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Fiction featuring many worlds is by no means a brand new invention, however in the last decade it has been really gaining in popularity.
Many worlds can mean sci‐fi or fantasy, it can be adult, YA or children’s fiction. It usually features a plucky main protagonist who begins the story unaware of other worlds. However it’s done, it is always exciting to see what unique slant each author gives the theory of multiple universes.
If you’re looking for a book like ‘Interworld’ you had better start with ‘Magids’. It is set in a ‘Multiverse’ very similar in concept to the ‘Altiverse’. The worlds stretch from ‘Ayeward’ (good, magical) to ‘Nayward’ (anti‐magic, generally bad).
Diana Wynne Jones writes simply and straightforwardly, her prose is full of colourful characters. She brings such life to her heroes and villains that reading ‘Magids’ or indeed any of her books for adults or children, is a delight.
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A masterpiece of multiple worlds. He uses so much detail and bases so much of the science in reality that you truly believe his version of travelling between worlds is possible.
Lyra and Will are two of the most loved characters in fiction. Combine their vivid complexity with daemons, armoured bears and witches, and you have a trilogy that will be considered a classic for centuries to come.
There are whispers, like here in the Independent, that the BBC is about to begin production on a series based on the books…
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Again, a classic. C.S. Lewis is as popular today as he as was half a century ago. If you have been putting off reading his series because they are ‘for children’, please don’t.
I recommend this one book over the whole series because it revolves around the idea of there being multiple worlds that are accessible from one ‘base’ world like the ‘In‐Between’ from ‘Interworld’ only calmer, with trees and ponds.
If you read the books on this list, and want to follow further down this rabbit hole, then find books like ‘The Chronicles of Narnia‘ here.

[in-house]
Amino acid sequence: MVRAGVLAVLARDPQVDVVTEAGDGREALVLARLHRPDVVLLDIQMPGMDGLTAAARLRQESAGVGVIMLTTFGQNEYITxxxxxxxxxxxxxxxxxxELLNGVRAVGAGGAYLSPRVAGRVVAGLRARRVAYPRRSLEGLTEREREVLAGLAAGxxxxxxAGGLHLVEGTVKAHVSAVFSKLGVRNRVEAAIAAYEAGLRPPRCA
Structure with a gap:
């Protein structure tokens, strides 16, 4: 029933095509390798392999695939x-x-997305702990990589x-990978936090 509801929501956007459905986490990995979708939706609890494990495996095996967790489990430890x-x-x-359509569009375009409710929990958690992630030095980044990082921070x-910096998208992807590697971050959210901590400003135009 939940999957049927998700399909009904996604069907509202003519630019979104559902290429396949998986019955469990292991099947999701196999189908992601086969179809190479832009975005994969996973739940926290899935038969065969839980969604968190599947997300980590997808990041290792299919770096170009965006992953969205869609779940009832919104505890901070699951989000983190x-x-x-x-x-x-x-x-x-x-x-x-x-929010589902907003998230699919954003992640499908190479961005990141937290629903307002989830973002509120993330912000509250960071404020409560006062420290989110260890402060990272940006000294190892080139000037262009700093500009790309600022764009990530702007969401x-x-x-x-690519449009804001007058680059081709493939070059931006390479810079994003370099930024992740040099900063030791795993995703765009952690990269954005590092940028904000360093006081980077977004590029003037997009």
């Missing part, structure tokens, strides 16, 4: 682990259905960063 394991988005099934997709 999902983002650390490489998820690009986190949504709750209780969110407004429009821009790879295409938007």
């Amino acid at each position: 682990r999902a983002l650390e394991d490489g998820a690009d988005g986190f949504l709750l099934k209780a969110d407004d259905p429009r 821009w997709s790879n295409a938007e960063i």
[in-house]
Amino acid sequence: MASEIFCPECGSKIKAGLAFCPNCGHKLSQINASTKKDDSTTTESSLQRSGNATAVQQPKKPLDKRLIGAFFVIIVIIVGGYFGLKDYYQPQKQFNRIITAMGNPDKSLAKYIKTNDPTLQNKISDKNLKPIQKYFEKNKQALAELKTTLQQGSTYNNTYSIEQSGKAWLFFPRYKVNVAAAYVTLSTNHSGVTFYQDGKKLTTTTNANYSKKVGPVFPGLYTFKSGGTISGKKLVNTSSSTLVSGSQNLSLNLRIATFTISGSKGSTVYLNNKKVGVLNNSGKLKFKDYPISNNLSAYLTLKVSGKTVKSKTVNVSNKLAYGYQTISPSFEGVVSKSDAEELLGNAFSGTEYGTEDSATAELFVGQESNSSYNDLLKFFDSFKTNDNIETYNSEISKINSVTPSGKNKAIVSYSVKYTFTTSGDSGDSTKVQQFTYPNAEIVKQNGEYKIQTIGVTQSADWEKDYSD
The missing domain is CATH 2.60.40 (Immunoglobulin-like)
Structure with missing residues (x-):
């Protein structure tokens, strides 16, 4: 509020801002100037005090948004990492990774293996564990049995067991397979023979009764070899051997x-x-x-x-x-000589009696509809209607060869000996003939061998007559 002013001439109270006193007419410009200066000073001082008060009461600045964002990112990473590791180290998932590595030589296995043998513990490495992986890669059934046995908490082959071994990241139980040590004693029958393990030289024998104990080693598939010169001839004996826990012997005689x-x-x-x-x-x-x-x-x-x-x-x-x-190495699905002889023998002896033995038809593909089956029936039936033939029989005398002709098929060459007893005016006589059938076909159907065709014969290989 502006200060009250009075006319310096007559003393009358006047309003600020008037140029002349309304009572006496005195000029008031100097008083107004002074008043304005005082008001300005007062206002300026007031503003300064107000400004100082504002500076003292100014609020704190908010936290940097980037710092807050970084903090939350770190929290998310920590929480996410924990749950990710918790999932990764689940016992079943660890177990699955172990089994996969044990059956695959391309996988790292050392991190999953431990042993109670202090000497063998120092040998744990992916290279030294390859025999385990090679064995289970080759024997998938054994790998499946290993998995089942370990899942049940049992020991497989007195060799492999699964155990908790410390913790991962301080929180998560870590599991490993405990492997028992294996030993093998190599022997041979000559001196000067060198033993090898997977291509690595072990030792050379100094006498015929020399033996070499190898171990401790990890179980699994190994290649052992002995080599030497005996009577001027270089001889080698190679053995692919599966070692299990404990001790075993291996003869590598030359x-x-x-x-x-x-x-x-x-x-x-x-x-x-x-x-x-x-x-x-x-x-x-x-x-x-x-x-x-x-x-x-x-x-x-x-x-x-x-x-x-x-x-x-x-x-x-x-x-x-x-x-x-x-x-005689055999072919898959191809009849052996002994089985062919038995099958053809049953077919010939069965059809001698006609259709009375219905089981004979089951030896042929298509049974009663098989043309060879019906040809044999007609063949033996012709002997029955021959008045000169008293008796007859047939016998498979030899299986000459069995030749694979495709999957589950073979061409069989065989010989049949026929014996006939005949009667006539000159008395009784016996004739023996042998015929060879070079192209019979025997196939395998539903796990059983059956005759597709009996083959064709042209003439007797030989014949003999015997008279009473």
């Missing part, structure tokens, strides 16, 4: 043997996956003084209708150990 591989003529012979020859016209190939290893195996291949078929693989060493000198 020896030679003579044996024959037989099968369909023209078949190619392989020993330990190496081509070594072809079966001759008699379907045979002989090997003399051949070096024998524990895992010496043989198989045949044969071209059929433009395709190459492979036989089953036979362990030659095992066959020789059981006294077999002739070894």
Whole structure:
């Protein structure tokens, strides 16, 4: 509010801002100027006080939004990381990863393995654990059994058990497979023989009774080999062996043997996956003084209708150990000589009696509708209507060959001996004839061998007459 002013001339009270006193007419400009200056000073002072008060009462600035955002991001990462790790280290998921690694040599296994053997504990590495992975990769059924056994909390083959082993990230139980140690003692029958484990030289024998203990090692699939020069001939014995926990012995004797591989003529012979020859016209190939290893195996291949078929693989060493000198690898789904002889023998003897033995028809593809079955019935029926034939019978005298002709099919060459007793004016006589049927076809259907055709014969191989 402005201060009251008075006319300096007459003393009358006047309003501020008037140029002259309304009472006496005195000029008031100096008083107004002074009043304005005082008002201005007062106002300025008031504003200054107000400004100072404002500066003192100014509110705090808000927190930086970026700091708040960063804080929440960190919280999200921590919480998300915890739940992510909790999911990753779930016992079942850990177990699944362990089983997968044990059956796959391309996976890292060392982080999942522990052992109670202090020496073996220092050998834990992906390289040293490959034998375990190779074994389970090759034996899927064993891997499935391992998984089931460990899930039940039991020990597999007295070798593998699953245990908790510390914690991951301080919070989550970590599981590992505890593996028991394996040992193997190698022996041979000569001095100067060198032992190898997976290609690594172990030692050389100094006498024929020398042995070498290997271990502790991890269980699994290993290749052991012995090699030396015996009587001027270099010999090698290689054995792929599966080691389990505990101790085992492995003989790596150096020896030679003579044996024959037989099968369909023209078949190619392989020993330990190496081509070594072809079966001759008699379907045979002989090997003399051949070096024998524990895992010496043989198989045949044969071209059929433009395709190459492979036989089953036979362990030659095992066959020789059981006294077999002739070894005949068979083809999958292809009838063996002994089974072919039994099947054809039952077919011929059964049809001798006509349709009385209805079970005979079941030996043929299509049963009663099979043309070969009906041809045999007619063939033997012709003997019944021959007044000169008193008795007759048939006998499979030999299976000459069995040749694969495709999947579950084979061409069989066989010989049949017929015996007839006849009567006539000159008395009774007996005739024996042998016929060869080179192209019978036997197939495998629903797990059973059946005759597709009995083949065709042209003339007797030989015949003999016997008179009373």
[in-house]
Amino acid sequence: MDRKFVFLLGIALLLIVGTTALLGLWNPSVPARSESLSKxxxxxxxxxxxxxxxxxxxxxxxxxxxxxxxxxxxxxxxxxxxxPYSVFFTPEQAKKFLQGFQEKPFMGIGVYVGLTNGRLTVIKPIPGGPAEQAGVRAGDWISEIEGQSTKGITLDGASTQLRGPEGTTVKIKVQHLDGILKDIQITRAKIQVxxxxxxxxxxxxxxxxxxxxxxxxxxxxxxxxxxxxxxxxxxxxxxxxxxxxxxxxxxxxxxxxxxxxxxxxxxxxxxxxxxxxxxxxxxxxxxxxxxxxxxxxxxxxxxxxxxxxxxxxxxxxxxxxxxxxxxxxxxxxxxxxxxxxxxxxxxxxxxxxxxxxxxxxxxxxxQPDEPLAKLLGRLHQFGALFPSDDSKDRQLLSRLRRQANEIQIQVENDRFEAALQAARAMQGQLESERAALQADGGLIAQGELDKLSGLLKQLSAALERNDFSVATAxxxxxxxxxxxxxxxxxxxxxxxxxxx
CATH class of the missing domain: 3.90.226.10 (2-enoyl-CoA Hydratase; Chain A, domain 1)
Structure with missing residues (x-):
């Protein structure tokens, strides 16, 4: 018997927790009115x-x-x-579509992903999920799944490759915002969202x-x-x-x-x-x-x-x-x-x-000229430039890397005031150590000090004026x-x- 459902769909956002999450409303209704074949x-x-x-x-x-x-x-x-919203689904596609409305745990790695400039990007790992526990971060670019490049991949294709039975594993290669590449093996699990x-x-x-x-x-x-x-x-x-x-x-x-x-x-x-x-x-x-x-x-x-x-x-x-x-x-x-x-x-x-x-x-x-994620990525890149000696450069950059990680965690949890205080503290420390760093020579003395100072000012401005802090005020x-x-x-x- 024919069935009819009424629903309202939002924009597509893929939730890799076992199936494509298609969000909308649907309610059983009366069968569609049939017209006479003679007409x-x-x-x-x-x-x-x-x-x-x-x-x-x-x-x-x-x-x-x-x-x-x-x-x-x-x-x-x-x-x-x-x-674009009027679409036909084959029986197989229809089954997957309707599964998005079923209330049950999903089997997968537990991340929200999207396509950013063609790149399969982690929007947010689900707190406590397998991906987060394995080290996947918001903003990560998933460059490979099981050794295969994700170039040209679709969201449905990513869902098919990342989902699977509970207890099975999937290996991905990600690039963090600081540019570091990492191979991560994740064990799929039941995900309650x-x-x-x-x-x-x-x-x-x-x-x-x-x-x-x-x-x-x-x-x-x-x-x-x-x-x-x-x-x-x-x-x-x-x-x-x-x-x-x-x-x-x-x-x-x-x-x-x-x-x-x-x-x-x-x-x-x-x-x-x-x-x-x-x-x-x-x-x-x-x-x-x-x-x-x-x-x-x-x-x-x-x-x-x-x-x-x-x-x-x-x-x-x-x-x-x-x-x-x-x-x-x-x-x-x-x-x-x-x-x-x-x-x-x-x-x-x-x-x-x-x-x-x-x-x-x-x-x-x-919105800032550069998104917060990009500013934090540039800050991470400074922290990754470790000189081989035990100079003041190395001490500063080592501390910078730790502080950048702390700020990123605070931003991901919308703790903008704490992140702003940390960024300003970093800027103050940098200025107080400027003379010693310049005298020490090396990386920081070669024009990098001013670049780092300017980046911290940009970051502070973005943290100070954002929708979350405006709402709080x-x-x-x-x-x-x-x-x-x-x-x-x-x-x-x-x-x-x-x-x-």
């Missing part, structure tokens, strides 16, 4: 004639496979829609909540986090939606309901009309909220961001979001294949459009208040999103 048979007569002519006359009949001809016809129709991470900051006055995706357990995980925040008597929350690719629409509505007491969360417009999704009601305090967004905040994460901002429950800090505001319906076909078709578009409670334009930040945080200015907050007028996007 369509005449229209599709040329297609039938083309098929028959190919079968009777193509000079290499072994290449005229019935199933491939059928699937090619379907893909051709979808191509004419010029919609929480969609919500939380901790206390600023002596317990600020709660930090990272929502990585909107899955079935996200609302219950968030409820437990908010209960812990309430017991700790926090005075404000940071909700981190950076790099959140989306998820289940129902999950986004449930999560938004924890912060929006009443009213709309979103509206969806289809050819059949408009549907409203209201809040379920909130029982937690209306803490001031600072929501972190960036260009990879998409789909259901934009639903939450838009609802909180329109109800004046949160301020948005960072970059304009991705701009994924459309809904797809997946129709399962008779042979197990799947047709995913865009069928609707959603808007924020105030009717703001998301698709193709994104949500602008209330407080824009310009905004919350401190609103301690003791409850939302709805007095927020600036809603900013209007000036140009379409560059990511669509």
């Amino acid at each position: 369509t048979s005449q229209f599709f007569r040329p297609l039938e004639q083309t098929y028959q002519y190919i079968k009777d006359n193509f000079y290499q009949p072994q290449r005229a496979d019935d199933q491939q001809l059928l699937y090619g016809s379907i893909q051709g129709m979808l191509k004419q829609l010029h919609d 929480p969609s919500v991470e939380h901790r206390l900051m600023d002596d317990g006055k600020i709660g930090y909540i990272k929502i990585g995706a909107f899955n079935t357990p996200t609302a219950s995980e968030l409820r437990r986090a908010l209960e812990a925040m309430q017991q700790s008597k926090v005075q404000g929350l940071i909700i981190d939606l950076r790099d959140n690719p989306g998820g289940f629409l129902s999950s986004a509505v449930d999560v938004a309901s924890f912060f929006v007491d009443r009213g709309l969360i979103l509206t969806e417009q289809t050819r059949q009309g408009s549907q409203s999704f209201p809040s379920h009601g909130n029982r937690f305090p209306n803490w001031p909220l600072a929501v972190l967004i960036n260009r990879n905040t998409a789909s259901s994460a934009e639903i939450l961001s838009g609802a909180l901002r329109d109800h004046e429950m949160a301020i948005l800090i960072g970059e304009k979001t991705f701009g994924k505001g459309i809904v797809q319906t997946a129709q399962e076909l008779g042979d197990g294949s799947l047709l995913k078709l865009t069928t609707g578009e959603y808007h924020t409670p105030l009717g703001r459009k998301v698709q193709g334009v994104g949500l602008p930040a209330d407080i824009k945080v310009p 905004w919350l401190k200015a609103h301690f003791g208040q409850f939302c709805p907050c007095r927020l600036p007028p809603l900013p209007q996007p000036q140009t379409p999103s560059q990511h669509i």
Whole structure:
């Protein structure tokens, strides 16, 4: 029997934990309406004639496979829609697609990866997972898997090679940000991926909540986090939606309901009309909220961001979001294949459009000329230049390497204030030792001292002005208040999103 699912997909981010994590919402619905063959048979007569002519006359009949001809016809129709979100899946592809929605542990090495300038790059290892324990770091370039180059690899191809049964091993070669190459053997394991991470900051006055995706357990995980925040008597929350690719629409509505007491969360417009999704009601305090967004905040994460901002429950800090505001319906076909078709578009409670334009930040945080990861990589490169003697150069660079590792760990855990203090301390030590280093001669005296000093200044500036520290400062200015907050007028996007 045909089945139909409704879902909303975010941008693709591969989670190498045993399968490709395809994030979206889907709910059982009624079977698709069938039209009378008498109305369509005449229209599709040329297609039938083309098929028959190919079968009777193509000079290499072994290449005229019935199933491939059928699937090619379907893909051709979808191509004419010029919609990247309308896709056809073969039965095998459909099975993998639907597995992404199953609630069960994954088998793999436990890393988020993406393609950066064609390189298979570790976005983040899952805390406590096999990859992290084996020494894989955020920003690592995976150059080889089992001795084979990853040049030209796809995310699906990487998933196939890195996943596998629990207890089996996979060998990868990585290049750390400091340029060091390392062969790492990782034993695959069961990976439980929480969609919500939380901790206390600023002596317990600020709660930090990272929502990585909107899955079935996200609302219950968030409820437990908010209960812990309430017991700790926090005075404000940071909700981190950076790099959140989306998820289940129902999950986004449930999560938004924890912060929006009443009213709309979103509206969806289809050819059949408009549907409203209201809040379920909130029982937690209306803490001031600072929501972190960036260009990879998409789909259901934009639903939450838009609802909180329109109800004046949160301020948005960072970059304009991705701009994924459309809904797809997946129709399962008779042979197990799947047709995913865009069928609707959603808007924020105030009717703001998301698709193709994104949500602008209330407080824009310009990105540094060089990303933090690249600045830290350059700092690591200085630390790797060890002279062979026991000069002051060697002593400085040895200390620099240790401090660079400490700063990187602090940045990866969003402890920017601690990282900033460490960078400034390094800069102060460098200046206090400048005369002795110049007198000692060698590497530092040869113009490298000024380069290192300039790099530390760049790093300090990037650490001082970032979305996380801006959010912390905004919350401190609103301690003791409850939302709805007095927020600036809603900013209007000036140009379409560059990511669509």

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The other books in the ‘Tiffany Aching Series’ include references to other worlds, and the odd visit, but the entire plot of ‘The Wee Free Men’ revolves around her visiting ‘Fairyland’ which is why it alone gets a place on my list.
It is also aimed at the YA reading audience, but I have read them as an adult and thoroughly enjoyed their spark and humour. You can’t go wrong with Terry Pratchett.
If you want to branch off in terms of tone and subject matter, but still stay in a multiple worlds adventure, then these books are also worth exploring.
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The original. The much studied, much discussed, much copied story of different worlds with different peoples.
The writing is old fashioned (I mean, the guy was writing in the 1700’s, give him a break) and there is nothing scientific about this story, but if you want to get to the root of the genre, I think this is probably it.
Lilliputians, giants and pirates. What’s not to like?
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If you read all of the books on this list, you will have read a lot of quick‐read, YA style books and might fancy something really meaty and dark to get your teeth into.
It is similar to ‘Interworld’ because it features another world, fairyland. Our hero travels through mirrors into fairyland, so there is little sci‐fi involved, but the book begins on our earth, in ‘reality’ as does ‘Interworld’. The similarities end there, so it didn’t deserve a place in my main list of books like ‘Interworld’.
Whether sci‐fi or fantasy, YA or adult, 18th or 21st century, there are many joys to many worlds fiction.
Something about the idea of parallel universes or invisible worlds just beyond our reach inspires and excites readers, writers and even scientists.
Have you ever visited another world? Perhaps not.
But have you read about one in a book I’ve missed off this list?
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